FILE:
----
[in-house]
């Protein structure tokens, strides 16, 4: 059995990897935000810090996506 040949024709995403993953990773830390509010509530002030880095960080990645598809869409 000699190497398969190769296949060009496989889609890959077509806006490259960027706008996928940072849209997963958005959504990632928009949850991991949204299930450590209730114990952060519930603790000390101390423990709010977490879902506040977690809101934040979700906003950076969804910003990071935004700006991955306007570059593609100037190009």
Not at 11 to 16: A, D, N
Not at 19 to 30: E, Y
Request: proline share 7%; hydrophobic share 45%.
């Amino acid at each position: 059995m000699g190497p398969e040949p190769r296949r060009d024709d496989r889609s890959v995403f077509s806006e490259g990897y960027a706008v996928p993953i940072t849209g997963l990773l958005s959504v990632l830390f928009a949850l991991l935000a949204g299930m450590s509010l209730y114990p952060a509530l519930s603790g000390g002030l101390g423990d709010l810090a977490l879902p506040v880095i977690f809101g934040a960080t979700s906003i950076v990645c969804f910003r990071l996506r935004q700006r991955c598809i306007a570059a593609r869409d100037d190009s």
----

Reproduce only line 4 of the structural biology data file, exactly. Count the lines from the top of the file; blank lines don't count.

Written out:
Not at 19 to 30: E, Y